“Barbara Tedlock is part of the present big struggle to drag anthropology out of the rationalist and anti-humanist black hole in which it has found itself. Barbara Tedlock started her career in anthropology with the “distant coolness of a scientific observer.” But the K’iche’ Maya among whom she worked responded by healing her in her illness. They thenceforth taught her to practice as a healer herself. This is the pattern in advanced anthropology today. Now Barbara Tedlock has written the definitive book on women’s shamanism–its history, the way it is activated, and its particular roots in the woman’s body and in her powers of creation and procreation. The book is simply written, full of real stories, real dreams, and real shaman journeys. It will be a treasure for all adventurous women.”--Edith Turner, Editor-in-chief of Anthropology and Humanism , published by University of Virginia; author of Experiencing Ritual and The Hands Feel It

“This is a wonderful, insightful, and compelling introduction to Shamanism as "a healing practice and religious sensibility" performed by women from time immemorial to the present day. Barbara Tedlock is a working Shaman and proud descendant of Shamans native to North America. She is also an accomplished social scientist who understands the rules of empirical analysis that apply to the scholarly study of religion and ritual. With the clear, engaging prose of an expert observer and the personal experience of a spiritual practitioner, she weaves a story that is both autobiography and persuasive argument for the importance of women as Shaman world-wide and throughout history.” --David A. Freidel, Ph.D., University Distinguished Professor of Anthropology, Southern Methodist University

Barbara Tedlock’s study of female shamans offers rare gifts: luminous insight, exhaustive scholarly knowledge, and accessible language that pulses with quiet intensity. After Tedlock, no one will ever again be able to portray shamanism as a male enterprise.”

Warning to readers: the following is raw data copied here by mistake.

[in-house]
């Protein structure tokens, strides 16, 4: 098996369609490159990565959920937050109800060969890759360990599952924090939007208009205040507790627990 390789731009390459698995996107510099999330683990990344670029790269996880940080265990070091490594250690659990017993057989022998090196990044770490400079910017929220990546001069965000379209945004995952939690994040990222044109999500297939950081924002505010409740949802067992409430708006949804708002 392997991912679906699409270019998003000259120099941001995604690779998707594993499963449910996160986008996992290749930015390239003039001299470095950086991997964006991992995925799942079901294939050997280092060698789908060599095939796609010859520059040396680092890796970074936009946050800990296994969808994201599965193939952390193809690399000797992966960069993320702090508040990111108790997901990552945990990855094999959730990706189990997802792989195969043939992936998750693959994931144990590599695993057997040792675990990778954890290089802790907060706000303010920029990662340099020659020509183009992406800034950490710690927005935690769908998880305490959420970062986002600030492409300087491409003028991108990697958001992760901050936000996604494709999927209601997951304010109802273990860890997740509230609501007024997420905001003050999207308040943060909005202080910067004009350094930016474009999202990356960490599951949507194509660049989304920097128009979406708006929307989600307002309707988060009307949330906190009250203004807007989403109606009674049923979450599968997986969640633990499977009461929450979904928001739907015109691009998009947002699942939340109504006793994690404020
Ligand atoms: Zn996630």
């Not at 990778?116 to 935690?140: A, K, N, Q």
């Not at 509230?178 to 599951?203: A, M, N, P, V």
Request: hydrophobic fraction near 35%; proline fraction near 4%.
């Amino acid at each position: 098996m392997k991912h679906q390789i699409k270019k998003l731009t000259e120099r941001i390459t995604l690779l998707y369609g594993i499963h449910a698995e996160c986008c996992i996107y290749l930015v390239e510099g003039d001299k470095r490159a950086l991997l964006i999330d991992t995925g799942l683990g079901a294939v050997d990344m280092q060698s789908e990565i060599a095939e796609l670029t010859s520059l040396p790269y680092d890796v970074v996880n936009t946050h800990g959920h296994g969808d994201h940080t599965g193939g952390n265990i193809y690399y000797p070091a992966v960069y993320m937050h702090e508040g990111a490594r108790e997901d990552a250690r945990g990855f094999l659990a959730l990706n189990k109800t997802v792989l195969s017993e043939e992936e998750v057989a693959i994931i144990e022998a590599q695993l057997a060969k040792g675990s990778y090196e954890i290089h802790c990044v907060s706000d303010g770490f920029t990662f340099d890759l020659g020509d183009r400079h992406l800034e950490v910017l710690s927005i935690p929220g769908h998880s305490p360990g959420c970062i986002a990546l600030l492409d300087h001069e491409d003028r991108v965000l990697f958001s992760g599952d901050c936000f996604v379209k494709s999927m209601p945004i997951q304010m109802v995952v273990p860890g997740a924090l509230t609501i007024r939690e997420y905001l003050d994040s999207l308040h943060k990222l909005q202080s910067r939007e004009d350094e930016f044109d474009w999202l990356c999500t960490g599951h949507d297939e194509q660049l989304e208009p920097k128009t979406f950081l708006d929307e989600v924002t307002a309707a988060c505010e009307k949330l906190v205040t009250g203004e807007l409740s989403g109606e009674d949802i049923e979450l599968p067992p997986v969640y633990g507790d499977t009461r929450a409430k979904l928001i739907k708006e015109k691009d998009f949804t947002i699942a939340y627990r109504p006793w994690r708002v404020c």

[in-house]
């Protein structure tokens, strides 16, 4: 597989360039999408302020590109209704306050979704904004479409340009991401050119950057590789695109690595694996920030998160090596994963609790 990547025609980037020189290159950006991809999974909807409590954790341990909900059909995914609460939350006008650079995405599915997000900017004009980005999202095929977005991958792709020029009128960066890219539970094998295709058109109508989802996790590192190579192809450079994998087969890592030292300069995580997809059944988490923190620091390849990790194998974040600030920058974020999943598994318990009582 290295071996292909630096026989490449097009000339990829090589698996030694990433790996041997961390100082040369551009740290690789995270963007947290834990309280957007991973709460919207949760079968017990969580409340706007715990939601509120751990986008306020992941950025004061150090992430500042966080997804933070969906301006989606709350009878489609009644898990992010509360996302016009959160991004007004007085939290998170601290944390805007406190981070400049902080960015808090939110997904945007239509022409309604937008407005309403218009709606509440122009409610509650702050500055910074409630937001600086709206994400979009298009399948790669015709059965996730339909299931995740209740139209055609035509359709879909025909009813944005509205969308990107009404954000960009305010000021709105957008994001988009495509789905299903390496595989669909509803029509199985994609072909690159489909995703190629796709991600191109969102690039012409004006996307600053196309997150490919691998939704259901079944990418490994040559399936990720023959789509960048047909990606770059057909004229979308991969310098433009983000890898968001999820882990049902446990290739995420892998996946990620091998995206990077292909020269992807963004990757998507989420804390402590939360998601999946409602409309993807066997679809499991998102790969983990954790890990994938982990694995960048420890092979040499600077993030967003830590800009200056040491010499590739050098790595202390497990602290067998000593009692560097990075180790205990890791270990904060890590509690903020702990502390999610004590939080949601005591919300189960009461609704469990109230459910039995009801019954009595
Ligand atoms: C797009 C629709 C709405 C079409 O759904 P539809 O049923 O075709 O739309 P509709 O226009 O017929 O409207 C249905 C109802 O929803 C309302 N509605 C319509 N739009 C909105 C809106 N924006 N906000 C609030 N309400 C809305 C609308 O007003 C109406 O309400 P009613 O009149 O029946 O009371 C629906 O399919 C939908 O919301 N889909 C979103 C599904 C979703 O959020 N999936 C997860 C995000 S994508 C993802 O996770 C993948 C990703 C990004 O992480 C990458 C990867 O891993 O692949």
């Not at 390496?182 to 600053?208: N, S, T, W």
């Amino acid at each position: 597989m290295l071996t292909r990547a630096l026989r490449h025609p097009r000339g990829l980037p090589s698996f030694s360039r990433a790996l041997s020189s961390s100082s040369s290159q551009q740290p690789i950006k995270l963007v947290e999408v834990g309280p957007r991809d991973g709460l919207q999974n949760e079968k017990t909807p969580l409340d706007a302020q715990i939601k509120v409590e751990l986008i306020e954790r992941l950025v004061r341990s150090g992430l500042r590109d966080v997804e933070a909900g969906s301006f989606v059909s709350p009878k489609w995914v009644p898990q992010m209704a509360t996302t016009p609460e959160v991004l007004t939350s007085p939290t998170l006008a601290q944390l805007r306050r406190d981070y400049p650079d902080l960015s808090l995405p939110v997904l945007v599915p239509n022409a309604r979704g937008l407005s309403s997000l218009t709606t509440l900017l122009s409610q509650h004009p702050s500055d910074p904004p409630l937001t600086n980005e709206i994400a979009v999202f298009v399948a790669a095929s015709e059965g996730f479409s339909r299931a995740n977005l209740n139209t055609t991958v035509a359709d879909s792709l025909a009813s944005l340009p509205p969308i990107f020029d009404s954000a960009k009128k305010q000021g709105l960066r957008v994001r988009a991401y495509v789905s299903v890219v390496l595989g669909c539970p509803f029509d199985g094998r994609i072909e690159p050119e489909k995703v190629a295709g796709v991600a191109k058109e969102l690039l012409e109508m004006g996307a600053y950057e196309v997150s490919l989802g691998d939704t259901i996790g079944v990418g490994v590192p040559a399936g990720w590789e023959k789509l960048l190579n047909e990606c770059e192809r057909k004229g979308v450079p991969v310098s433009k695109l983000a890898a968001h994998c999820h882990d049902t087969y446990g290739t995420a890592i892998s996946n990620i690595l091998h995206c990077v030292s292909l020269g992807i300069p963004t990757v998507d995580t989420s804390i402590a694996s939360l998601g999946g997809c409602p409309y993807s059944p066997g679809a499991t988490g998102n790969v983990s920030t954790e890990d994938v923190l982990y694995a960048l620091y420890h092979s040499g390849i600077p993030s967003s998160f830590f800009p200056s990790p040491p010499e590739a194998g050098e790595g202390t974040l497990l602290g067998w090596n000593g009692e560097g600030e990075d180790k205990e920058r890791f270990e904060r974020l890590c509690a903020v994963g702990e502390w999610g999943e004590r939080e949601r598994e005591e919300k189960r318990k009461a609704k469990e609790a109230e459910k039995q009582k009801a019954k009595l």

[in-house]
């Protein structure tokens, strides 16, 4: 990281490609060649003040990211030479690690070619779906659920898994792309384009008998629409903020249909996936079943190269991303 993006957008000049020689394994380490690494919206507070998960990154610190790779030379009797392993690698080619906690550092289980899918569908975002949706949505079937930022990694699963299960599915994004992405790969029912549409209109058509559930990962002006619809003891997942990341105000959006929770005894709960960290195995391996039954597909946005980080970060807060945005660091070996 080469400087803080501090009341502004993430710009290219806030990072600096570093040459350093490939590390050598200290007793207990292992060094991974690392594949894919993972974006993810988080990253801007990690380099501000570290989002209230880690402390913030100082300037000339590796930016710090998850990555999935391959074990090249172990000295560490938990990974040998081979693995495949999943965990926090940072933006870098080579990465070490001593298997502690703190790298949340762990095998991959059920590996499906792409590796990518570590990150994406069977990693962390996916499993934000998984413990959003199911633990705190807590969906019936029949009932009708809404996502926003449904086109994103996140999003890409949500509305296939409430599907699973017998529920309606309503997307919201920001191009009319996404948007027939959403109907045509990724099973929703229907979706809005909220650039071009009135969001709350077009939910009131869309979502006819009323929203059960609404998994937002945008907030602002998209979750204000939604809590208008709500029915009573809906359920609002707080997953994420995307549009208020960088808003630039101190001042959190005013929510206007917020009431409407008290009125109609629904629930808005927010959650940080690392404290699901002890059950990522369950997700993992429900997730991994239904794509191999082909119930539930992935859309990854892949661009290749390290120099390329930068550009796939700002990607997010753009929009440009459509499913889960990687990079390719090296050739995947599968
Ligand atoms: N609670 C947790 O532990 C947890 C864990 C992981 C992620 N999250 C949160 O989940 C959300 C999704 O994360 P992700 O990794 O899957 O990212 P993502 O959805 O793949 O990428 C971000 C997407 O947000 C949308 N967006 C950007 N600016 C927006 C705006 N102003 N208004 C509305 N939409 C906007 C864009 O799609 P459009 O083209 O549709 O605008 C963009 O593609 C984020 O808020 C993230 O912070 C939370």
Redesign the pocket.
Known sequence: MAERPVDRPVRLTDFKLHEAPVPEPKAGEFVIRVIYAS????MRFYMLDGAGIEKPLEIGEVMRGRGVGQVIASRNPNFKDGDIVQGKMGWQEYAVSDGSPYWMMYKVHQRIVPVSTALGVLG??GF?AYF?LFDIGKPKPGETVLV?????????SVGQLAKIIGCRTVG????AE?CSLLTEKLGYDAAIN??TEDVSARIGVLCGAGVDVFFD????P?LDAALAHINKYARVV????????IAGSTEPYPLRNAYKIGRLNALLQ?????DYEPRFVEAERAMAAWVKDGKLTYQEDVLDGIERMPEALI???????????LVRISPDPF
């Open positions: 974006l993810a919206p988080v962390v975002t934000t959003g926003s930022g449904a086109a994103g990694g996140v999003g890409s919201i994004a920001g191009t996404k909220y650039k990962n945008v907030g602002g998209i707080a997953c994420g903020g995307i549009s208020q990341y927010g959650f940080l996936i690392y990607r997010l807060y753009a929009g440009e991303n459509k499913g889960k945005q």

--Michael F. Brown, Ph.D. Chair, Dept. of Anthropology & Sociology Williams College and/or as the author of The Channeling Zone: American Spirituality in an Anxious Age and, more recently, Who Owns Native Culture?

“If Joseph Campbell or Mircea Eliade had been feminists, this is a book they could wish they had written. This canon-busting romp across history and around the globe, from Paleolithic Europe to contemporary North America, insists on the centrality of women to the shamanic traditions that have until now been considered the province of men. Drawing on her training in the healing arts as a young child by her Ojibwa grandmother, her later professional training with Mayan shamans in Guatemala, and her more recent observations of shamanic rituals in Mongolia, Tedlock has created a formidable work: a meticulously researched yet delightfully absorbing compendium of women’s shamanic skills across time and space.”--Alma Gottlieb, Ph.D., Professor of Anthropology at University of Illinois; co-editor of Blood Magic, and A World of Babies; President, Society for Humanistic Anthropology



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Product Details

  • Paperback: 368 pages
  • Publisher: Bantam; Reprint edition (December 27, 2005)
  • Language: English
  • ISBN-10: 0553379712
  • ISBN-13: 978-0553379716
  • Product Dimensions: 6.1 x 0.9 x 9.2 inches
  • Shipping Weight: 1.1 pounds (View shipping rates and policies)
  • Average Customer Review: 4.7 out of 5 stars  See all reviews (23 customer reviews)
  • Amazon Best Sellers Rank: #175,412 in Books (See Top 100 in Books)

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Customer Reviews

Top Customer Reviews

Format: Hardcover
A brilliant, feminine balance to Jung, Campbell and Eliade

"The Woman in the Shaman's Body" is empowering, vastly informative and also great fun to read. It reads swiftly and goes down as easily as cool water with delicious healing herbs thrown in - it flies along as easily as a shaman in a lucid dream. If I were still a college teacher I would use it for a text, for I know young people would find it accessible and intriguing.